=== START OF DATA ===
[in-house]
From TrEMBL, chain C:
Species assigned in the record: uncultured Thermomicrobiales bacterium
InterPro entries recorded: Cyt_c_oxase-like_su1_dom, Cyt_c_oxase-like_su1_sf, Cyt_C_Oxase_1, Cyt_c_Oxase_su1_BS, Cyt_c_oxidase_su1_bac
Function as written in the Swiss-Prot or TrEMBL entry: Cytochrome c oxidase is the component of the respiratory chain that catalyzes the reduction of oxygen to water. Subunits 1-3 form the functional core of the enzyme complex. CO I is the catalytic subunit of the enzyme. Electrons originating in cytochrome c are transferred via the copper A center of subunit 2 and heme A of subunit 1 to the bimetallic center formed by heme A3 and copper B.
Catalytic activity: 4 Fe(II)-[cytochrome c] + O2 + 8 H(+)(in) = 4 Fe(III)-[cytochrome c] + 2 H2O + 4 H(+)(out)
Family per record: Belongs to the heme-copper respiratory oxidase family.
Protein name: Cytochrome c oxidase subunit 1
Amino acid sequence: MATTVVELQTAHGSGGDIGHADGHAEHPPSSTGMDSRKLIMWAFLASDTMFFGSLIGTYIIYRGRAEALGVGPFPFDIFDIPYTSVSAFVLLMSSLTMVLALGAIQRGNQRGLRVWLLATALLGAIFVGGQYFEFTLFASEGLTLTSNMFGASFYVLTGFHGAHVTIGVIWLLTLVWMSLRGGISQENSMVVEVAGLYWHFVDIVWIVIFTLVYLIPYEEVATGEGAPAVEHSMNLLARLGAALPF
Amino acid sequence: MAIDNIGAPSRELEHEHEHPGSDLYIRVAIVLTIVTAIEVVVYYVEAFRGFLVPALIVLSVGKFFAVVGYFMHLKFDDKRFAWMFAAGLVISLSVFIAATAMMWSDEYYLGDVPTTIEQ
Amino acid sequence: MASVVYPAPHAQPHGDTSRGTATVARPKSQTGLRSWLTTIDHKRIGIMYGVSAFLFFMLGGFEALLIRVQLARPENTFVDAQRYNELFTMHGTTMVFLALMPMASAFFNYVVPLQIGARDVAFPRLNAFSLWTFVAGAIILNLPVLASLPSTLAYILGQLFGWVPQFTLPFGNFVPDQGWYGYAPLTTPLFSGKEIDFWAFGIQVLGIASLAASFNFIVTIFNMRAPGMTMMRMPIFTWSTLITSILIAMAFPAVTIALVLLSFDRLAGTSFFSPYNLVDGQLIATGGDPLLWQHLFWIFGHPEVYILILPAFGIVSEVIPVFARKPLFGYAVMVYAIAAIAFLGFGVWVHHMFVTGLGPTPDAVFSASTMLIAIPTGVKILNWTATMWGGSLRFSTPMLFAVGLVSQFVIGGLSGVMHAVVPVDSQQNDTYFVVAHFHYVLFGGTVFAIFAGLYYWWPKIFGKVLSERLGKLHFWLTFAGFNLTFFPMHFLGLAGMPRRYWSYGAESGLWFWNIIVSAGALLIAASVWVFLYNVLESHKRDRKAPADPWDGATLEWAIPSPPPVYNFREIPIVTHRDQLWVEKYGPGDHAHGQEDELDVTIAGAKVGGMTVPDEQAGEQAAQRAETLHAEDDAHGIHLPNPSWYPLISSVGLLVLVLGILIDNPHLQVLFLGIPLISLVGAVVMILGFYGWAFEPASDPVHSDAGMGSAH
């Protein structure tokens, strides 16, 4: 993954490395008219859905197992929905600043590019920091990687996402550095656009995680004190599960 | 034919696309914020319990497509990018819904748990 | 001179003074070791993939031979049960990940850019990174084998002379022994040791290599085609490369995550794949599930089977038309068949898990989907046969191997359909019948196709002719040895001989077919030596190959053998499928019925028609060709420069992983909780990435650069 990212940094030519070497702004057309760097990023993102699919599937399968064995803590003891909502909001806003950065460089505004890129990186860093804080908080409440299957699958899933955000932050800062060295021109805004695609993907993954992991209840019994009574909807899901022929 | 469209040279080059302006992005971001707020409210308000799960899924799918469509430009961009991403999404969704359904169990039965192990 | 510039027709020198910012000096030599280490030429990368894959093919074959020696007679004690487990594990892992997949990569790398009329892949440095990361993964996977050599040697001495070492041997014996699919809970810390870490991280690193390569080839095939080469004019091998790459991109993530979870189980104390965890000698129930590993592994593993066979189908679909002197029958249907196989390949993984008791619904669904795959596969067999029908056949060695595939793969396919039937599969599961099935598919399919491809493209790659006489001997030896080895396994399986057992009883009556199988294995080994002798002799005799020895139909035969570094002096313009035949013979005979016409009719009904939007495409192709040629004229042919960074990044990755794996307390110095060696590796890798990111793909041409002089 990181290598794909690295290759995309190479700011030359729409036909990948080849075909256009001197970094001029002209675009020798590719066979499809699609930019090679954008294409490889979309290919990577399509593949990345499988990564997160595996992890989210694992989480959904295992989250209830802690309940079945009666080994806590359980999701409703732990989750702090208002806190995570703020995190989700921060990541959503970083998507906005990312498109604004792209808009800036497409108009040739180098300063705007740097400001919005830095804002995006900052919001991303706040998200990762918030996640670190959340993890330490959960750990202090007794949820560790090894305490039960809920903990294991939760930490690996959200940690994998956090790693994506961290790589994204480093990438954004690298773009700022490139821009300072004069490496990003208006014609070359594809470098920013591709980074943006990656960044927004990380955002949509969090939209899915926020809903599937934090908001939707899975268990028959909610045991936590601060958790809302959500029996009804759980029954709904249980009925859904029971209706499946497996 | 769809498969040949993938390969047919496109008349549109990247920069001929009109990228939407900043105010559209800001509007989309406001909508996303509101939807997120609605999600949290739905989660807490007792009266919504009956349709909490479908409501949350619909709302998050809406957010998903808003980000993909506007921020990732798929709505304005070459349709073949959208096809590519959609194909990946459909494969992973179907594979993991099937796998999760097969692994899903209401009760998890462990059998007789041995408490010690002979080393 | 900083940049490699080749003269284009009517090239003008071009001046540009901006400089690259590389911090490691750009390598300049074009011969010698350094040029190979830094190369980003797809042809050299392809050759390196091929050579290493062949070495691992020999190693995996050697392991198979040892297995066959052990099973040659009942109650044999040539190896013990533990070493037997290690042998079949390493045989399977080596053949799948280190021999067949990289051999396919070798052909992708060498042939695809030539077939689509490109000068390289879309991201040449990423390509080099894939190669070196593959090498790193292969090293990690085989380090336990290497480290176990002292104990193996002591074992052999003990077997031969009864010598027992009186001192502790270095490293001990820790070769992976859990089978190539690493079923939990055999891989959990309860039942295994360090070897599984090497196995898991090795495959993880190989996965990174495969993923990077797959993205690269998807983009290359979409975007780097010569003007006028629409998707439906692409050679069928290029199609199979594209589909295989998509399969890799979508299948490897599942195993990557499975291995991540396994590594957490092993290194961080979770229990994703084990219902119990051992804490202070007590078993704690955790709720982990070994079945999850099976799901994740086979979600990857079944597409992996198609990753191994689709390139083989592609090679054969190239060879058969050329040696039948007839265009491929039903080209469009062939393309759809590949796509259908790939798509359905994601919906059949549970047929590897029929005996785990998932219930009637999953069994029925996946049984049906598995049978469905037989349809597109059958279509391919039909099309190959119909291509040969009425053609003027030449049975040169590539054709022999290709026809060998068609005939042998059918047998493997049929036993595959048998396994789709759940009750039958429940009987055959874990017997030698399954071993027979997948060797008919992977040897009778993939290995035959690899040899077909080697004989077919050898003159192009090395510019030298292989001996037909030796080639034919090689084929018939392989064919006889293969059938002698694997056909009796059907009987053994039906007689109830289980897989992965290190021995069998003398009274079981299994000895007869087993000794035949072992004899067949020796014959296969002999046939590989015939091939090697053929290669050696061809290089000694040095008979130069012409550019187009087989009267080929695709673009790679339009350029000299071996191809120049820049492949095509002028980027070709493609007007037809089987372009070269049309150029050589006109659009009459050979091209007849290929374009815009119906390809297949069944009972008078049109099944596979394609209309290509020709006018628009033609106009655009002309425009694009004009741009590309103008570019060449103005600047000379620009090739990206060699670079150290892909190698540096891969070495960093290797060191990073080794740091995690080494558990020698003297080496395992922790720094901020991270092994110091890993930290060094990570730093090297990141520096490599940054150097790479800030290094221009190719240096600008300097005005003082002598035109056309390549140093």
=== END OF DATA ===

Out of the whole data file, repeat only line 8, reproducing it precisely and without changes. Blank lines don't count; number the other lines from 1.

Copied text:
Protein name: Cytochrome c oxidase subunit 1